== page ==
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Former Canadian Prime Minister Jean Chretien looks on ahead of the delivery of the Speech from the Throne in the Senate chamber on Parliament Hill in Ottawa, Canada December 4, 2015. (Chris Wattie/REUTERS)

Former Canadian Prime Minister Jean Chretien looks on ahead of the delivery of the Speech from the Throne in the Senate chamber on Parliament Hill in Ottawa, Canada December 4, 2015.

(Chris Wattie/REUTERS)

Politics Briefing

Chrétien causes brief kerfuffle among diplomats in China Add to ...


By Chris Hannay (@channay) and Rob Gilroy (@rgilroy)

The Globe Politics is pleased to include a roundup of news and opinion on U.S. politics, through until this year’s election in November. As always, let us know what you think of the newsletter. Sign up here to get it by e-mail each morning.

Justin Trudeau says Hunter Tootoo resigned by choice (CP Video)


>The House of Commons is back in session today after the lengthy summer break. John Ibbitson looks at a few of the first issues on the governing Liberals’ plates, including pipelines and pot. The Liberals are returning with a new House Leader. Justin Trudeau, however, will miss the House’s opening: he’s in New York today, where he is set to address the United Nations General Assembly on Tuesday.

> Will this fall be the time for a legislative catch up? According to a Huffington Post count, the Trudeau government’s first months in office produced the fewest new laws of any recent government. By a National Post count, however, the Liberals have produced quite a few cheques.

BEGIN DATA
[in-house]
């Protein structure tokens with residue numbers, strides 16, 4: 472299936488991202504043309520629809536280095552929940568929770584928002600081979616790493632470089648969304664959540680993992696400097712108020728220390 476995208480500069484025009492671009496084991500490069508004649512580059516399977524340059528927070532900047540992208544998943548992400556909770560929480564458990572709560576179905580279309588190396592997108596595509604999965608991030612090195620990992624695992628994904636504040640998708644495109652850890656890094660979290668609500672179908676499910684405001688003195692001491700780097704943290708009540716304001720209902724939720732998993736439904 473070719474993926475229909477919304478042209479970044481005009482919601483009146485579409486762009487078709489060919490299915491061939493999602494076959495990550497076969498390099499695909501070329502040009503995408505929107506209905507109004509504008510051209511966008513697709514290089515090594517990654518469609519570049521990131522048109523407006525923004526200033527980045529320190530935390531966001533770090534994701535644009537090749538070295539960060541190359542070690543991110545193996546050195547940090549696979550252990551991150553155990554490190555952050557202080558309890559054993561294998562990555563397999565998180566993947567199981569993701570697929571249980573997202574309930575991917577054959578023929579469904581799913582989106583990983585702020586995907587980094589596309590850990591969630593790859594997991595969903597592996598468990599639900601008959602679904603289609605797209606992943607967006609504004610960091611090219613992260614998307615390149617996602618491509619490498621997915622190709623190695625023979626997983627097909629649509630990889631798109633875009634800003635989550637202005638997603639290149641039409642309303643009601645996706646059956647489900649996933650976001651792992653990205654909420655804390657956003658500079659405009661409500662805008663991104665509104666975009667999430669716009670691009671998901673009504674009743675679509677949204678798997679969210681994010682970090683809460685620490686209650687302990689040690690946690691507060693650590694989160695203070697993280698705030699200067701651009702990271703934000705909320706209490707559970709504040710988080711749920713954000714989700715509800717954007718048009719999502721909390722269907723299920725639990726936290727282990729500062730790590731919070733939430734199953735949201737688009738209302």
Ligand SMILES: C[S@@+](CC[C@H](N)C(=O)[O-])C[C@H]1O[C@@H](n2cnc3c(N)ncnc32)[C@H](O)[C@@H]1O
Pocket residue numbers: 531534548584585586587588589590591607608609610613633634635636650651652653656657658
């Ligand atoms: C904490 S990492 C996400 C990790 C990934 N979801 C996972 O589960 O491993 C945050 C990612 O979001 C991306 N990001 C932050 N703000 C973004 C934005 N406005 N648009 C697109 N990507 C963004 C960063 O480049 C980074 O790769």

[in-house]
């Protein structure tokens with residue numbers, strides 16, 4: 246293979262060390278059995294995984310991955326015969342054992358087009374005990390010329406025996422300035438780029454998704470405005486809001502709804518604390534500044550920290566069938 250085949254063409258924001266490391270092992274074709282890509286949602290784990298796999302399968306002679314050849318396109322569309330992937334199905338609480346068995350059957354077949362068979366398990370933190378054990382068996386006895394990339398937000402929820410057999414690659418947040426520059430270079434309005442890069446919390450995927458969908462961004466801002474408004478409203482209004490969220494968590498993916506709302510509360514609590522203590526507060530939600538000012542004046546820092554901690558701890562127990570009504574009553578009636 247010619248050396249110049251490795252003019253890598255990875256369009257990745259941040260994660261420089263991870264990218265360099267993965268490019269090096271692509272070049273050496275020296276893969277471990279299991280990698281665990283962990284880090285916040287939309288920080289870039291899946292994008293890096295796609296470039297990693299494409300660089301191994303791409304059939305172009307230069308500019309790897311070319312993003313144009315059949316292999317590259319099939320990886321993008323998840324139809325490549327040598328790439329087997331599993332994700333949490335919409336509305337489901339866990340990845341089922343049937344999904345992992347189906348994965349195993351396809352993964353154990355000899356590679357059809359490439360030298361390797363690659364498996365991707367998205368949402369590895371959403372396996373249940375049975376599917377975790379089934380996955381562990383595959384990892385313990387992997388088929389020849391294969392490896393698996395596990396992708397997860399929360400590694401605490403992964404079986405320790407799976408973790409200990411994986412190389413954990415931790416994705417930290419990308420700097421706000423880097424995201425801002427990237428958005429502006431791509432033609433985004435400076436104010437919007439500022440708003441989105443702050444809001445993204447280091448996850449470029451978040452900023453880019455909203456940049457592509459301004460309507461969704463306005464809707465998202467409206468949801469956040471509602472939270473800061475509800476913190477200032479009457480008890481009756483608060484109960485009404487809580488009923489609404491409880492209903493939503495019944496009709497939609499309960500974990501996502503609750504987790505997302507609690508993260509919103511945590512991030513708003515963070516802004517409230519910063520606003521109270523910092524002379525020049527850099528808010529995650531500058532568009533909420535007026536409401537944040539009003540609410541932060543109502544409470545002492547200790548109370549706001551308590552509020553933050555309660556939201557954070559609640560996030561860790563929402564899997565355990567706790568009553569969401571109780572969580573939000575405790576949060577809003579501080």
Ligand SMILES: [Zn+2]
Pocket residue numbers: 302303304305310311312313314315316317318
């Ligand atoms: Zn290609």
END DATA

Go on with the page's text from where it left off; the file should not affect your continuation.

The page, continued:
> Environment Minister Catherine McKenna says the Liberals will impose a national minimum carbon price for provinces that don’t adopt their own climate plans to reduce greenhouse-gas emissions. Some premiers will not be pleased.

> Hunter Tootoo wants back into the Liberal caucus. “We know we have to earn our way back in, but it’s up to us to work hard and show we’re working hard to prove ourselves again to get that opportunity,” executive assistant Henry Wright told The Hill Times.

> The cost of the prime minister’s security detail is averaging about $2-million per month.

> In Policy Options, Conservative MP Garnett Genuis notes that Tories break rank on votes more often than Liberals or New Democrats (a finding that lines up with research The Globe did in 2013), and tries to puzzle out the reason why.